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How to Obtain Your Family’s Koseki (Family Household Registration)

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February 26, 2011 by Valerie Elkins

The koseki is kept and protected by the city hall in the hometown (honseki) or permanent address of the head of household. If your ancestor was listed on a koseki, you can obtain a copy of the record – provided you can prove your direct lineage. This record is the best resource for finding your ancestors, as often many generations are included. Obtaining your family’s koseki requires some effort but it is worth every bit of it.

The best and easiest way to get your koseki is check with other family members, (i.e.cousins still in Japan,in grandma’s trunk, etc.) and see if someone already has a copy and will make you a copy. If they do – do the happy dance!

Check out this link to view an image of an actual koseki.

If not, continue with the steps below:

1. Make a pedigree chart with all the information you know and determine who was the 1st generation (issei) to leave Japan.

2. Locate the address of the honseki or hometown of where your ancestor came from. You will need their address or you cannot locate their city hall. If they came from a large city like Hiroshima or Tokyo, you will need to know the ward or village. You can find this information in several ways:

a. Personal knowledge of relatives, written information, correspondence or a copy of their passport.

b. Search Passenger List databases on line. A good resource is: http://stevemorse.org/. Sometimes the hometown address is recorded. HINT: Look for other family members who might have traveled with them. Often the husband would immigrate to another country, work for awhile and then come back for his wife – or if he was single, he would return to marry a hometown girl arranged for by his family. Check later years for the family returning to visit relatives and bringing their children to meet the grandparents, etc. Be creative in your spelling as often the names are horribly misspelled. When searching for the wife be sure to use her married name – often you can find the ‘husband by searching for the wife or vice versa.

c. Obtain the passport information from the Japanese Consulate (must follow same rules as for obtaining a koseki), though this is often slow and unsuccessful.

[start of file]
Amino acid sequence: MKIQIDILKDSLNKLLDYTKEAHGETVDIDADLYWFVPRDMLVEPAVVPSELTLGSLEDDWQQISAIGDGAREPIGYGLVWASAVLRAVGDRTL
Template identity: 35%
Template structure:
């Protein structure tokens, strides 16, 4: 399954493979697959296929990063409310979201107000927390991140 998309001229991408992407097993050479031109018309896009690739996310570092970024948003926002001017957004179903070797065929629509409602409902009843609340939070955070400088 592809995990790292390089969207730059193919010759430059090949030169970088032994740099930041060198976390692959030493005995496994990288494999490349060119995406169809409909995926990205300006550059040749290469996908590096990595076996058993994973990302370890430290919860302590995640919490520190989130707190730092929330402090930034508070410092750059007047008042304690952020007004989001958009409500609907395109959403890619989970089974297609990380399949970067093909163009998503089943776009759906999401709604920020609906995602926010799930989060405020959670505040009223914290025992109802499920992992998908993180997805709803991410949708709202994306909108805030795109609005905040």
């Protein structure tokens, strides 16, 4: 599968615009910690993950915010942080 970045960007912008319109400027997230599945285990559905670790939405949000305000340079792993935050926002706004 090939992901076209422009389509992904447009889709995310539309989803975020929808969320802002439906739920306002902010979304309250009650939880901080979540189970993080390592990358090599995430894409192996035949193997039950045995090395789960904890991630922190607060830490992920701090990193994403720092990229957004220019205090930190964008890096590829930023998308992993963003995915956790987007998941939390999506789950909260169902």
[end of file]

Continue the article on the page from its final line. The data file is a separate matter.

d.  Search the Family History Catalog at www.familysearch.org/eng/Library/FHLC/frameset_fhlc.asp and view microfilms. Look in the “Subject” catagory under Japan immigration, or just Japan. Microfilms can be ordered and viewed  at local Family History Centers found here:www.familysearch.org/eng/library/FHC/frameset_fhc.asp. When searching for information on Passenger Lists try to determine where their first Port of Entry was located. HINT: Do not assume that because they ended up in California that their Port of Entry was in California. They may have first gone to Seattle or Canada first. Be very creative and open minded in your searching.

Once you know the address of the 1st generation (issei) to immigrate, you must check to see if the village or hometown’s name is still in existence. Many villages merged into others, names changed etc. Try using google or wikipedia.com to determine the address of the city hall for the town you are searching for. HINT: Try www.google.co.jp/ which is the Japanese version of Google if you can’t locate it on the English version. You may need someone who can read kanji to translate if the translate version does not work. Most city hall’s have a web page and their address is usually located on the bottom of the page.

Now that you know the name of the ancestor, his estimated birth year, and his address and city hall’s information you are ready to contact the city hall.


6 comments »

  1. Yours is a pretty interesting niche in genealogy, and I’m sure it’s invaluable to those of Japanese descent.

  2. Morro Lou says:

    Hello. I’m interested in finding out more about my Japanese mothers’ side of the family. She married a caucasian serviceman in 1952 and came to the US with my dad and I around 1956. She was born in Kobe in 1925, and sadly, I don’t know her fathers first name. Any help would be invaluable.

    Lou Jones
    Morro Bay, CA

    • Morro, if you know where in Kobe she lived and her birthday you should be able to contact the city hall to get her records. If you do not know this, you might check your dad’s military records, as he had to have had permission to marry while serving. Good luck!

  3. As long as the copies are notarized it is sufficient. Usually your bank will do that for free.

  4. Email me with the details and I will see if I can help.

  5. If you have the Japanese adoption papers, it is possible to locate the birth family in Japan’s records. Please contact me if you wish further assistance, as it can be complicated to do on your own.

    Good luck!

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